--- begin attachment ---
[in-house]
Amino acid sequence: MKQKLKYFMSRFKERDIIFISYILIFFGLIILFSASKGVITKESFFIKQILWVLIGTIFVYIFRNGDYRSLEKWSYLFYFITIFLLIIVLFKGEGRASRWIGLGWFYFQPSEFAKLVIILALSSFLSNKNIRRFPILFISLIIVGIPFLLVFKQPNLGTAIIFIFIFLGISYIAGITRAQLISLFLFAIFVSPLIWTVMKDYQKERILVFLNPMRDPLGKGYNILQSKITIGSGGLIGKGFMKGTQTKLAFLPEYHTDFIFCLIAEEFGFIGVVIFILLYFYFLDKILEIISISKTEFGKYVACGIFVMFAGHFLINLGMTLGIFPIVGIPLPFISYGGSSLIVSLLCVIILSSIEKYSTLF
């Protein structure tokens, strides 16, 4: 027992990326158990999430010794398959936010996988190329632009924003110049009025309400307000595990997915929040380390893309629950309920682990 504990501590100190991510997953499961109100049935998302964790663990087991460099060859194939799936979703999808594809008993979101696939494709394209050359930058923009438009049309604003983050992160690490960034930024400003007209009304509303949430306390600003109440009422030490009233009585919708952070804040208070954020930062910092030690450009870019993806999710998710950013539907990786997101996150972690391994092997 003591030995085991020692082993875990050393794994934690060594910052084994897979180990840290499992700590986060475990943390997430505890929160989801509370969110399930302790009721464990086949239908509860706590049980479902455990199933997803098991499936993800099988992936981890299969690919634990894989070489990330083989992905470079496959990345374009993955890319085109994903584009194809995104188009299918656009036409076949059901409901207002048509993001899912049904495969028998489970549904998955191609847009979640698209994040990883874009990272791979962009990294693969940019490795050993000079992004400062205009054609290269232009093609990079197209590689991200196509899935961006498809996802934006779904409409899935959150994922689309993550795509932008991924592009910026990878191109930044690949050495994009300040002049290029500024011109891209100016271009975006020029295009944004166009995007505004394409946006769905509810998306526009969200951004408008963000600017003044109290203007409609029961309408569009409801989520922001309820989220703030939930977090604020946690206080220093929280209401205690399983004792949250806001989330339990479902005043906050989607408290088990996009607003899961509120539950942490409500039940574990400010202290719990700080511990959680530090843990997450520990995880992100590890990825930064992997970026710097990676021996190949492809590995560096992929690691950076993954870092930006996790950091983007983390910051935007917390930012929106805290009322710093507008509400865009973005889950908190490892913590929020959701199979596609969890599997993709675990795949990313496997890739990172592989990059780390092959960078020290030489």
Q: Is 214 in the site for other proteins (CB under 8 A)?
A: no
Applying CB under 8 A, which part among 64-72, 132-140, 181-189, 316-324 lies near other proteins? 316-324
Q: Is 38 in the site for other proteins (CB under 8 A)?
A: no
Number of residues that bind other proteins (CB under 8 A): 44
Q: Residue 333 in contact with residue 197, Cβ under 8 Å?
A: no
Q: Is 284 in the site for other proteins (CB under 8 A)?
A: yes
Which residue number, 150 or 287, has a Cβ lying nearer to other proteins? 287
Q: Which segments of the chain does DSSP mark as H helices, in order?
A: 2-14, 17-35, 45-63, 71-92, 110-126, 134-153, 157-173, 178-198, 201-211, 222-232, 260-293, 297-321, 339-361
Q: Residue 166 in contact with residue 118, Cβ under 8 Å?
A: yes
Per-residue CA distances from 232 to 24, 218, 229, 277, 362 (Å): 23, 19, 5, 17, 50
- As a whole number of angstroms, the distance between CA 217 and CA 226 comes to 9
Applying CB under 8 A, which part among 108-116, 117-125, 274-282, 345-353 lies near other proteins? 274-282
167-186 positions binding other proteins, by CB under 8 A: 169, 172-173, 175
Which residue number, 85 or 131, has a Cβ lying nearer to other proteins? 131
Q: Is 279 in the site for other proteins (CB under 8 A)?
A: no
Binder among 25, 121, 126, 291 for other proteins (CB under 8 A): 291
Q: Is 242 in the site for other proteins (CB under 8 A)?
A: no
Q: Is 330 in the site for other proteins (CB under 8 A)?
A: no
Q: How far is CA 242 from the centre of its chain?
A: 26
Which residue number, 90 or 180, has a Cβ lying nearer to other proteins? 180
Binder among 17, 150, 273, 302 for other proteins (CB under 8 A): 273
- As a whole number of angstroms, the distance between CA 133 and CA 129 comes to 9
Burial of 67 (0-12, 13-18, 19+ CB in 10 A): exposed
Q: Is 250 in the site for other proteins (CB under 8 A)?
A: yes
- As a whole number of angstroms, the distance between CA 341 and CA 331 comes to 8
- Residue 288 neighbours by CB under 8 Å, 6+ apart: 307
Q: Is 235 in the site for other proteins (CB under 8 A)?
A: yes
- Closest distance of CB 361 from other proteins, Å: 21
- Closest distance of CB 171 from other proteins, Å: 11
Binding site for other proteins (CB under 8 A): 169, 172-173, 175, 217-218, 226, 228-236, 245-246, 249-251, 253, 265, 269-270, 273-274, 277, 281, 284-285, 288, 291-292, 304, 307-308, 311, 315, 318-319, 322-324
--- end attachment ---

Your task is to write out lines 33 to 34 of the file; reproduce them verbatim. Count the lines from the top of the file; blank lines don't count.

Which residue number, 90 or 180, has a Cβ lying nearer to other proteins? 180
Binder among 17, 150, 273, 302 for other proteins (CB under 8 A): 273